Update: Amulsar Gold Mining Project Sees Additional Construction
In August, Bellingcat published an article about Lydian International’s plans to start a large-scale gold mining operation at the Amulsar mountain in Armenia. For the first piece, we chose to focus mainly on satellite imagery and show how Lydian’s construction of its heap leaching facility (HLF) has progressed just south of the village of Gndevaz. Heap leaching is the process by which precious metals are extracted from rock by leaching solvents, in this case cyanide. As we described in our previous article on the Amulsar project:
Cyanide heap-leaching, or gold cyanidation, is not a rare process, as it is used in the vast majority of gold mining and production operations. However, there have been disastrous consequences on the ecosystems of several countries after accidents. One such example took place in January 2000 in Romania, when the byproducts of gold mining (which included cyanide) spread throughout nearby farmland and rivers, including into the Danube, causing what the BBC called the “worst environmental disaster since the Chernobyl nuclear leak.” However, we do not have to look back almost seventeen years to see the potential consequences of using cyanide heap-leaching in the gold production process, as “more than a million liters of cyanide solution entered nearby rivers” after an accident took place at the Veladero gold mine in Argentina in September 2015. Environmentalists in Armenia fear that Lake Sevan and nearby reservoirs could suffer a similar fate if an accident were to occur.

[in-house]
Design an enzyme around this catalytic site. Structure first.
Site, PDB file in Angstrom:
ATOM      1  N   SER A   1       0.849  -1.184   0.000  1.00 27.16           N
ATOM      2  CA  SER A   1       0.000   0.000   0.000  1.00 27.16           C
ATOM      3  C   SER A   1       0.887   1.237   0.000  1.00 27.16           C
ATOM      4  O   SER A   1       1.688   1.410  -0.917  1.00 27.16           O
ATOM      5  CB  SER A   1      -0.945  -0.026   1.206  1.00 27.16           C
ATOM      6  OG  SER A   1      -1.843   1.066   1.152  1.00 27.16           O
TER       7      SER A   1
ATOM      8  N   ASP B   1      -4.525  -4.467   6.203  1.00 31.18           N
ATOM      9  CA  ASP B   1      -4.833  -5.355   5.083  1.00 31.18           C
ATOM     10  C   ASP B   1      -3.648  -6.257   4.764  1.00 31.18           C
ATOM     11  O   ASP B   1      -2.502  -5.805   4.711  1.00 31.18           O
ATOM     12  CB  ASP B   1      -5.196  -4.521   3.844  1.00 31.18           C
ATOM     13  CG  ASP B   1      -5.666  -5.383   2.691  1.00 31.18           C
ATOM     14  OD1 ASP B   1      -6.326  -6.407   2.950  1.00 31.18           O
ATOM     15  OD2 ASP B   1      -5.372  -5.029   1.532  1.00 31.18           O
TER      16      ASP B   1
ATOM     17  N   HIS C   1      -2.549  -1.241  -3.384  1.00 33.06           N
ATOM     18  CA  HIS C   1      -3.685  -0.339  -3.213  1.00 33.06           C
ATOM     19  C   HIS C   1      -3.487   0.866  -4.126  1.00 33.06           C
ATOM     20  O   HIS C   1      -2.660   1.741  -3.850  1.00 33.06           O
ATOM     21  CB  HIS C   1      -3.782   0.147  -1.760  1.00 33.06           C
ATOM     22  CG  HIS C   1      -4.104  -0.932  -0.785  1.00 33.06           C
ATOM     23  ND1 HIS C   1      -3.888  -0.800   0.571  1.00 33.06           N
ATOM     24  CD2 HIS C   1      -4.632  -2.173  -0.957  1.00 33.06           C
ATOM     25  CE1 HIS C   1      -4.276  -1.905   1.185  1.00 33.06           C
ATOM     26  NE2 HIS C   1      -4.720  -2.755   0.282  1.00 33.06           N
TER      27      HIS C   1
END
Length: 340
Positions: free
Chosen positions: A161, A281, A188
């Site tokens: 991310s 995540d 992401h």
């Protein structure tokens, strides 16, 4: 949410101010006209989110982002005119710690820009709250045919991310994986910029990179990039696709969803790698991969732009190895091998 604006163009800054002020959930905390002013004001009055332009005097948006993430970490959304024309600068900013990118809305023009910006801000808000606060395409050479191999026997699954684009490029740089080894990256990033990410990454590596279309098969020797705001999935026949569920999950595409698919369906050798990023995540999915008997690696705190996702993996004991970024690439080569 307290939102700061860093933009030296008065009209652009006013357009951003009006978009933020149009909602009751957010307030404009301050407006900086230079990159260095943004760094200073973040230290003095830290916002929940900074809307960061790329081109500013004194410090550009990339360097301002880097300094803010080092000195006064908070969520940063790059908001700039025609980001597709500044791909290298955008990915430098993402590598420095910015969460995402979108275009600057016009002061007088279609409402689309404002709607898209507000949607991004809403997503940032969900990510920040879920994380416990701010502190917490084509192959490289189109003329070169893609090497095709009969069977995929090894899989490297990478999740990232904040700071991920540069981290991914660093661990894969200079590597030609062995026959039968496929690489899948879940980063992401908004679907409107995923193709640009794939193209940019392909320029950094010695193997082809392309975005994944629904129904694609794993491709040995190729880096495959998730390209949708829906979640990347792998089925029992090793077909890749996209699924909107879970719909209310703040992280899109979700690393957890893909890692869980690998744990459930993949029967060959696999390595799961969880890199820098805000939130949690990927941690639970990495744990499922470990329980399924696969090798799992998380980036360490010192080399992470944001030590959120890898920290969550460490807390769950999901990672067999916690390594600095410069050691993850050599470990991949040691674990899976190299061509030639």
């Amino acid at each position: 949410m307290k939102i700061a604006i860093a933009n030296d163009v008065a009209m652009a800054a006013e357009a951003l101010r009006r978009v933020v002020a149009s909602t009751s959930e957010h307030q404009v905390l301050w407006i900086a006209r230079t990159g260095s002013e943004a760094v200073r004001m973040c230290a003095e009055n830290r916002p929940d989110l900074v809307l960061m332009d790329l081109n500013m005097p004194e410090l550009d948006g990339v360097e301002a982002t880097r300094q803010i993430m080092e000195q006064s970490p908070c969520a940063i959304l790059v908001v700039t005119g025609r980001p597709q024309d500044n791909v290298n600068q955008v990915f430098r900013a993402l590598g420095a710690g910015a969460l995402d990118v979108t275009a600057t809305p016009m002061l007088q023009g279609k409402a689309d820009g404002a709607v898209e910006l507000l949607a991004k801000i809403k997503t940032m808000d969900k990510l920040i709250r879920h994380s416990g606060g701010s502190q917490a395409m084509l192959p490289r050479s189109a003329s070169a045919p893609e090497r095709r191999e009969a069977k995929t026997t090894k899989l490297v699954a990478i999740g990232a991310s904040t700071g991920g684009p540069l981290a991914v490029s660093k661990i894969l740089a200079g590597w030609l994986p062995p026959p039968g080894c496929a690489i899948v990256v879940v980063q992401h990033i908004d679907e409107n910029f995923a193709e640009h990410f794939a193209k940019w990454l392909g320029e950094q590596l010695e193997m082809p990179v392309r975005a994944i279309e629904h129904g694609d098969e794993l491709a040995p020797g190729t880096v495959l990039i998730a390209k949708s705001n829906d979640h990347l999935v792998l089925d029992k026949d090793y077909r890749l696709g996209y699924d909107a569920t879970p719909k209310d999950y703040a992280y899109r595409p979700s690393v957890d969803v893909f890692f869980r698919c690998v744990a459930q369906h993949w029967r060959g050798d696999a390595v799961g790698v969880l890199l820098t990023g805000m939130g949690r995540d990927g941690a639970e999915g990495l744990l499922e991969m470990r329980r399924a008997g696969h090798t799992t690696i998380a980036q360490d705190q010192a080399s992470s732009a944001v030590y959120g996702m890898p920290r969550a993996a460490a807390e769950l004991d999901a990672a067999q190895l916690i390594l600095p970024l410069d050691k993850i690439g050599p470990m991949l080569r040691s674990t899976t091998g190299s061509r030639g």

Because of the danger of this process, it is vital that the construction and use of the Amulsar HLF facility is closely observed.
Satellite Imagery of Recent HLF Construction
Above, in satellite images provided by Planet, we can observe recent construction of the cyanide heap leaching facility (HLF) from August 1 until September 27, 2017. We can highlight the specific portions of the facility that have been changed by referencing a map published by Lydian International of the planned construction of the HLF.
One of the most visible is the Northwest Diversion Channel (C-3). The March 2017 technical report on the project published by Lydian specifies that this channel, along with others set to be constructed, are meant to “divert storm and snowmelt runoff from upstream catchments away from the pad and collection ponds.” (page 256). While the report provides few additional details on the site’s runoff channels, Lydian’s water management plan for the Amulsar Project can be found on pages 274-278 in the technical report.
There has also been progress made in the construction offices in the south part of the image (PL-6A) — we can see this in both the satellite image and media released by Lydian themselves. A drone video recently shared on Lydian’s YouTube channel shows the southern portion of the HLF construction site, including the “Construction Offices” (PL-6A) that are labelled as “Office Complex” in the clip.
In the meantime, the construction of the HLF and other industrial facilities in the area are still in an early stage, with only makeshift buildings and warehouses erected thus far. We will continue to monitor the HLF site for future construction.